If you are covered by Medicaid

We will need a copy of your Medicaid card. Medicaid also has payment limitations on a number of services and items. Medicaid does not pay for the cost of a private room unless medically necessary.

If you have no insurance

A health system representative who is a representative of the Division of Family Services is available to assist you in applying for Medicaid or other government assistance programs. Please call the Patient Accounting Department at ext. 6023 or dial directly at 609-394-6023 if you have been discharged and have not made any arrangements to resolve your account.

Click here to learn more about our Financial Assistance Policy/Program.

If you come into the emergency room without your insurance information

Please contact the Patient Accounting Department at ext. 6023 or dial directly at 609-394-6023 to supply them with your insurance information. This will prevent you from getting any bills for services.

Your bill for hospitalization

As a service to you, the health system will submit bills to your insurance company and will do everything possible to expedite your claim. But you should remember that your policy is a contract between you and your insurance company and you have the final responsibility for payment of your hospitalization bill. We have several payment options available to assist you in paying your bill.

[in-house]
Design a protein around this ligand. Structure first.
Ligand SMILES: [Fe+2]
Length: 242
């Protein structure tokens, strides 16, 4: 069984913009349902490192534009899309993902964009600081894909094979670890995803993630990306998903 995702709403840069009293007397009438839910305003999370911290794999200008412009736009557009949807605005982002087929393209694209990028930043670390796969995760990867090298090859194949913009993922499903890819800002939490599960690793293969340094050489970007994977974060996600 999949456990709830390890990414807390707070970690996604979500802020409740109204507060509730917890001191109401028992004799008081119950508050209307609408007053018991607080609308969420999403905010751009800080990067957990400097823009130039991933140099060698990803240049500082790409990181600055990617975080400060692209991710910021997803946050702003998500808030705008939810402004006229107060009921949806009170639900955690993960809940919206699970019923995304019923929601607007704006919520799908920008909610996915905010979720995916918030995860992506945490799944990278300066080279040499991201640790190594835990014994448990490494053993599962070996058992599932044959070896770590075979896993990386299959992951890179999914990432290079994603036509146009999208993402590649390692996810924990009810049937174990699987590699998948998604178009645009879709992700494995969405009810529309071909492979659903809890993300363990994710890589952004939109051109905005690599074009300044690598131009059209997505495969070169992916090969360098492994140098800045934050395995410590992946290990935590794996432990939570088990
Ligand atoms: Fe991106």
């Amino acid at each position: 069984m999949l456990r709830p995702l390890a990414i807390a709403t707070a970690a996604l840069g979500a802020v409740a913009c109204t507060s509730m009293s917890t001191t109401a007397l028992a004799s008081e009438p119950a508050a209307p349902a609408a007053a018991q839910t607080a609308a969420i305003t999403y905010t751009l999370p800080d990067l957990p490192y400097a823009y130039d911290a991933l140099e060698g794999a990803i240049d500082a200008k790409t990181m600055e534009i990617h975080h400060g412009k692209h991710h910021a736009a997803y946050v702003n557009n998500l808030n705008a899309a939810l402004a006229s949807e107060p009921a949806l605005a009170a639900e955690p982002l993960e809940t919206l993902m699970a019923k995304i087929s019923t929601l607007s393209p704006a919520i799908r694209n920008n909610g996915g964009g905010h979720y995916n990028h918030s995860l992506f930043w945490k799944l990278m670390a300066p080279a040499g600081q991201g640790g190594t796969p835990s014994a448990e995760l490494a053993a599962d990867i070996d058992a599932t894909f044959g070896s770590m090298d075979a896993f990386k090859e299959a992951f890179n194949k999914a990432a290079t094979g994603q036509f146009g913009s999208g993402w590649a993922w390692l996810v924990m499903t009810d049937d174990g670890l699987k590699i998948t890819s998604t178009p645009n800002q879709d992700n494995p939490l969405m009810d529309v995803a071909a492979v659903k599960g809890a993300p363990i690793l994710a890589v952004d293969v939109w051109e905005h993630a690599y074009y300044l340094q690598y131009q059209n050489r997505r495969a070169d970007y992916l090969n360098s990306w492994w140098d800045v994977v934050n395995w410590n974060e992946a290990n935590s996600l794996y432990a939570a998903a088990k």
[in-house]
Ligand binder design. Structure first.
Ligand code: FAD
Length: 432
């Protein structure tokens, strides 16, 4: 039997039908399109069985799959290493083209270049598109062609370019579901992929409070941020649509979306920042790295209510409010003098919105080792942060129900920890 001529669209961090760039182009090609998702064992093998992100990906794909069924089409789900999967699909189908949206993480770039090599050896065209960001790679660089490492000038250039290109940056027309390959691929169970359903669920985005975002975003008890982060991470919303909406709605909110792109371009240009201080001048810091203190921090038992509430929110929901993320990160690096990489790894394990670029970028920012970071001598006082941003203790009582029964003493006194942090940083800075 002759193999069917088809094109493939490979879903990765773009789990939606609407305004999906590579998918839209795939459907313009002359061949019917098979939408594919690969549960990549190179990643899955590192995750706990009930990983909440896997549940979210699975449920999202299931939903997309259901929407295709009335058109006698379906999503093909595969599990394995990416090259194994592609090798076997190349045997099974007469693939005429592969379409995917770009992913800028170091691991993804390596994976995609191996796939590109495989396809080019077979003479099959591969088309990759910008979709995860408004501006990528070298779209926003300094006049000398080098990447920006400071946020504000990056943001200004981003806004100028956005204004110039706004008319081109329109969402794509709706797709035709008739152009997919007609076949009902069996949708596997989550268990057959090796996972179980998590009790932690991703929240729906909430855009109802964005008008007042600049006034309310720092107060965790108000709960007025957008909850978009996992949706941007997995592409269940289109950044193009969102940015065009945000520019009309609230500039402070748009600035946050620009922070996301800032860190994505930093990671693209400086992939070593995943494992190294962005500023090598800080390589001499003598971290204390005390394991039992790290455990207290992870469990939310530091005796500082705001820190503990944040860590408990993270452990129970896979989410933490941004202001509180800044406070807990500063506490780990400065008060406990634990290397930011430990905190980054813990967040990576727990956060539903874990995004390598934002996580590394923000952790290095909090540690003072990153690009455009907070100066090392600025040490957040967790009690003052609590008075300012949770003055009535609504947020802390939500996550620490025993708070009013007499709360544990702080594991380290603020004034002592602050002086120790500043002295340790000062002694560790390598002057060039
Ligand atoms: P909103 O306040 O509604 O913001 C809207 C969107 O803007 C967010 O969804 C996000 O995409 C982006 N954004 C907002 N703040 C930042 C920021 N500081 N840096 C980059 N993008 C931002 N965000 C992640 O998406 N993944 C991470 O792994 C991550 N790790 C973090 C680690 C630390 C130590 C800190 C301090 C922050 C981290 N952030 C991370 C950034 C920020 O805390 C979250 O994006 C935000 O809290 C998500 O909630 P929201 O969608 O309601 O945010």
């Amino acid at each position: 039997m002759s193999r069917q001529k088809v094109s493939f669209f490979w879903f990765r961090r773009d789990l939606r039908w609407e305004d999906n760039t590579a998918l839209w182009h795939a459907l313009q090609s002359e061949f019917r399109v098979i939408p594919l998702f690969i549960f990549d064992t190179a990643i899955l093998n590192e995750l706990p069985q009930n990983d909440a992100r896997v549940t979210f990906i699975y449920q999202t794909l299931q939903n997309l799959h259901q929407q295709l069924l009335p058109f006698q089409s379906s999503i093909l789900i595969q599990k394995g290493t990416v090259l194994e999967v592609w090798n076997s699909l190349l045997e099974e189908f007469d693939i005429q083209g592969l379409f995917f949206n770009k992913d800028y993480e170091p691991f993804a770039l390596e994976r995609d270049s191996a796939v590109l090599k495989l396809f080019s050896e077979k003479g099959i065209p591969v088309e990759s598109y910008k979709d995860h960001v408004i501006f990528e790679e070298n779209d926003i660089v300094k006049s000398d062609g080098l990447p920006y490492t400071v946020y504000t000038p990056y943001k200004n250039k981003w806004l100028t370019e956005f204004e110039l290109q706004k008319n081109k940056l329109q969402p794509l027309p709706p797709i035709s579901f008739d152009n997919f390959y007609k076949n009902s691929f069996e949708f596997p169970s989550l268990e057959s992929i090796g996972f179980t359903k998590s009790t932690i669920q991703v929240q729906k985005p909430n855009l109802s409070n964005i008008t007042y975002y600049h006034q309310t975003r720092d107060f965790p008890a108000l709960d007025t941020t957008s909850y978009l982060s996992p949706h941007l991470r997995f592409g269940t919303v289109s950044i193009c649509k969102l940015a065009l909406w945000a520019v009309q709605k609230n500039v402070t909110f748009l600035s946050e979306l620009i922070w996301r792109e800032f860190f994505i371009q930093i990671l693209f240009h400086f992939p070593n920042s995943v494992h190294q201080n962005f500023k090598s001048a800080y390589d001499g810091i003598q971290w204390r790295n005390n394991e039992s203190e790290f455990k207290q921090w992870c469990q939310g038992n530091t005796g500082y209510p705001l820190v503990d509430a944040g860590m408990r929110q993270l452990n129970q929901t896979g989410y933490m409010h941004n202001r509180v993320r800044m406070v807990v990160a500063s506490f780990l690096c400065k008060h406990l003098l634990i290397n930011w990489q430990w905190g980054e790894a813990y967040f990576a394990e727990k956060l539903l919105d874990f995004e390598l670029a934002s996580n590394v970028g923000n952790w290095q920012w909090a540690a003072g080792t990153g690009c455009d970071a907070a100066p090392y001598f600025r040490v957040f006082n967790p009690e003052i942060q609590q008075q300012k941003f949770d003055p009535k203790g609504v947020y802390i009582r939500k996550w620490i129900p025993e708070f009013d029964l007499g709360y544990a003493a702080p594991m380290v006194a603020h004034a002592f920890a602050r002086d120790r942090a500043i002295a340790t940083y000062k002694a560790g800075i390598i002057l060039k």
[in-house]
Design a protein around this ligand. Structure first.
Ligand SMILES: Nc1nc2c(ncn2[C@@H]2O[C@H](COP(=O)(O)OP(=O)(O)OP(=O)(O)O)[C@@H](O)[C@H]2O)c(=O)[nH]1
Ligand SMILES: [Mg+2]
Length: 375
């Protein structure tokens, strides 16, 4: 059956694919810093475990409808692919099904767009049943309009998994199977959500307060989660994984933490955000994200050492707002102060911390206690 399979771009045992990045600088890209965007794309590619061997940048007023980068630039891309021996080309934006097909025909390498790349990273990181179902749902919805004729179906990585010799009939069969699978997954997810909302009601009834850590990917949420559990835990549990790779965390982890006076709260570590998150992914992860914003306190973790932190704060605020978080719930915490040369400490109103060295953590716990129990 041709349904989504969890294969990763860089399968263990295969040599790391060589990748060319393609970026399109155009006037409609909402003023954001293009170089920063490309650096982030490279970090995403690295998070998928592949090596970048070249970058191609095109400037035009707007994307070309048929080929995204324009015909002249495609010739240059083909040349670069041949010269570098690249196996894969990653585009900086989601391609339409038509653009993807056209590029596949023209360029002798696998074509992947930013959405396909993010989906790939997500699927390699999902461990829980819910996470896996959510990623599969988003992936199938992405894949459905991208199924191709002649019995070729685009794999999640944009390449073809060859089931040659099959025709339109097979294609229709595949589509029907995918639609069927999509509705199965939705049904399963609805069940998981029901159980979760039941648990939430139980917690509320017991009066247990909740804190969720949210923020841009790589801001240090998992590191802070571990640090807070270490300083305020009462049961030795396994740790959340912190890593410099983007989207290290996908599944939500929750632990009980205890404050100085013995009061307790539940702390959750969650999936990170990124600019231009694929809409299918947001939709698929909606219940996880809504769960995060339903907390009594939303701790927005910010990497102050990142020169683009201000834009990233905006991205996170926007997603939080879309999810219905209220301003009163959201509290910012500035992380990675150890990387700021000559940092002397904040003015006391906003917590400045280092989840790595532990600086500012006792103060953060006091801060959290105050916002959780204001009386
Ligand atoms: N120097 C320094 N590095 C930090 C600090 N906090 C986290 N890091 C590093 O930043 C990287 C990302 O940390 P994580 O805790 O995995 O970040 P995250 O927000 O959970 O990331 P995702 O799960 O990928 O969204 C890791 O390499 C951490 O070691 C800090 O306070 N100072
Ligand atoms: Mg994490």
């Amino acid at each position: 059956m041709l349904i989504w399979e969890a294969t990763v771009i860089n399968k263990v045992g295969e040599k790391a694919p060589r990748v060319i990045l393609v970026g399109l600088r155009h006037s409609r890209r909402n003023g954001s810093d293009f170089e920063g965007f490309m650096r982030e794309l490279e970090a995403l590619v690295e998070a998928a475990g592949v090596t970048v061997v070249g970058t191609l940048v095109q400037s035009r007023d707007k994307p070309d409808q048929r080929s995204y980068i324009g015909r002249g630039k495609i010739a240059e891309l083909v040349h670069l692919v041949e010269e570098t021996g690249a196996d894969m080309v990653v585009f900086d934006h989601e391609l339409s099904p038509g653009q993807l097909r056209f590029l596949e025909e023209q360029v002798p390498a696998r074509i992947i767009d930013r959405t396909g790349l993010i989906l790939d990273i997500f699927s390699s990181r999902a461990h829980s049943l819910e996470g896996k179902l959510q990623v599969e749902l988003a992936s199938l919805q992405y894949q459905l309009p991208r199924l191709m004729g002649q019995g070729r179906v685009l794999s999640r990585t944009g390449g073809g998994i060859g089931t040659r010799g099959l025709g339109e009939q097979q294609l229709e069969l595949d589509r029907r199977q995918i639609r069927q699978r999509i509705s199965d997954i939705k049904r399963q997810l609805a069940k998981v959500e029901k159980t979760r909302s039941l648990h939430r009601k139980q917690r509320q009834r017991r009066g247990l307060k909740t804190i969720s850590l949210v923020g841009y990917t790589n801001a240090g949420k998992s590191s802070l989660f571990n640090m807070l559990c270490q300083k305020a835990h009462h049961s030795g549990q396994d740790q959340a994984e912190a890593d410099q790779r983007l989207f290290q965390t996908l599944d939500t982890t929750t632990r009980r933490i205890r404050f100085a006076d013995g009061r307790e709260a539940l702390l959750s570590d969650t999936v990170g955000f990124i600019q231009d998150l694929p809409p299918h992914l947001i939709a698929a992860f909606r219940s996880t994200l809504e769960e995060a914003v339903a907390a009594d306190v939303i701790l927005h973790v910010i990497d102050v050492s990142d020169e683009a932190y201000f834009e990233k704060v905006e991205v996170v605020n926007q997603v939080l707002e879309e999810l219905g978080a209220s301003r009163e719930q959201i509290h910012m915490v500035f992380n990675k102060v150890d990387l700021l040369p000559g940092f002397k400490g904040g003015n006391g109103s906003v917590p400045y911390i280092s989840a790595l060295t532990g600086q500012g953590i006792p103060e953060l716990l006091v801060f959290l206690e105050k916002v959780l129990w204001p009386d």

Your bill reflects all of the services you receive during your stay. Charges fall into two categories – a basic daily rate, which includes your room, meals, nursing care, housekeeping, and charges for special services which include items your physician orders for you, such as X-rays or laboratory tests.

If you have certain tests or treatments in the hospital, you may receive bills from physicians you did not see in person. These bills are for professional services rendered by these doctors in diagnosing and interpreting test results while you were a patient. Pathologists, radiologists, cardiologists, anesthesiologists, and other specialists perform these services and are required to submit separate bills. If you have questions about these bills, please call the number printed on the statement you receive from them.

For more information